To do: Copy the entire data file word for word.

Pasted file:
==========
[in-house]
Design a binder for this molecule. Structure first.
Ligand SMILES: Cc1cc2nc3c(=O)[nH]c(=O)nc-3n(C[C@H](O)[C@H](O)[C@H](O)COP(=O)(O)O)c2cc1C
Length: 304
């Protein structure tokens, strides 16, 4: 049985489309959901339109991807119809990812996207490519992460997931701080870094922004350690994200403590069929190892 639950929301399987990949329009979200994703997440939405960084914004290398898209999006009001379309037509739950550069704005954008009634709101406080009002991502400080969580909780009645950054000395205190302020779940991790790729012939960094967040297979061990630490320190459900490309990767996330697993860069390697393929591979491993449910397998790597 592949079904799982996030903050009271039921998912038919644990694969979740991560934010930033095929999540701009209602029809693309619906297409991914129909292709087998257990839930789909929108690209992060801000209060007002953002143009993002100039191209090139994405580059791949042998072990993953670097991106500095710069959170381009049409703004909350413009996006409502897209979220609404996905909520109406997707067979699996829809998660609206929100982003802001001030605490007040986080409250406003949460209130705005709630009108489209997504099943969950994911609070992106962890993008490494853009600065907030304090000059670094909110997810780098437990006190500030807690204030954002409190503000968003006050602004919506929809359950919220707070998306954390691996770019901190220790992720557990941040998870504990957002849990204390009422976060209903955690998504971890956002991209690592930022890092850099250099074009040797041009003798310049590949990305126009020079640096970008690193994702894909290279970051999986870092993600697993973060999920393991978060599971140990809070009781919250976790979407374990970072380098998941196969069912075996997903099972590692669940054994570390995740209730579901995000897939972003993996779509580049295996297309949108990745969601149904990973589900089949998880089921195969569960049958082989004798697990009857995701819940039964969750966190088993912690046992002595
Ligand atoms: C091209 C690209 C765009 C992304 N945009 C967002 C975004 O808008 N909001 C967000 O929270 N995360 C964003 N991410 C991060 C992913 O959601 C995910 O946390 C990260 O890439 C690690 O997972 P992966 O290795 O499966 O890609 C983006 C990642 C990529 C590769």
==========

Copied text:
[in-house]
Design a binder for this molecule. Structure first.
Ligand SMILES: Cc1cc2nc3c(=O)[nH]c(=O)nc-3n(C[C@H](O)[C@H](O)[C@H](O)COP(=O)(O)O)c2cc1C
Length: 304
């Protein structure tokens, strides 16, 4: 049985489309959901339109991807119809990812996207490519992460997931701080870094922004350690994200403590069929190892 639950929301399987990949329009979200994703997440939405960084914004290398898209999006009001379309037509739950550069704005954008009634709101406080009002991502400080969580909780009645950054000395205190302020779940991790790729012939960094967040297979061990630490320190459900490309990767996330697993860069390697393929591979491993449910397998790597 592949079904799982996030903050009271039921998912038919644990694969979740991560934010930033095929999540701009209602029809693309619906297409991914129909292709087998257990839930789909929108690209992060801000209060007002953002143009993002100039191209090139994405580059791949042998072990993953670097991106500095710069959170381009049409703004909350413009996006409502897209979220609404996905909520109406997707067979699996829809998660609206929100982003802001001030605490007040986080409250406003949460209130705005709630009108489209997504099943969950994911609070992106962890993008490494853009600065907030304090000059670094909110997810780098437990006190500030807690204030954002409190503000968003006050602004919506929809359950919220707070998306954390691996770019901190220790992720557990941040998870504990957002849990204390009422976060209903955690998504971890956002991209690592930022890092850099250099074009040797041009003798310049590949990305126009020079640096970008690193994702894909290279970051999986870092993600697993973060999920393991978060599971140990809070009781919250976790979407374990970072380098998941196969069912075996997903099972590692669940054994570390995740209730579901995000897939972003993996779509580049295996297309949108990745969601149904990973589900089949998880089921195969569960049958082989004798697990009857995701819940039964969750966190088993912690046992002595
Ligand atoms: C091209 C690209 C765009 C992304 N945009 C967002 C975004 O808008 N909001 C967000 O929270 N995360 C964003 N991410 C991060 C992913 O959601 C995910 O946390 C990260 O890439 C690690 O997972 P992966 O290795 O499966 O890609 C983006 C990642 C990529 C590769």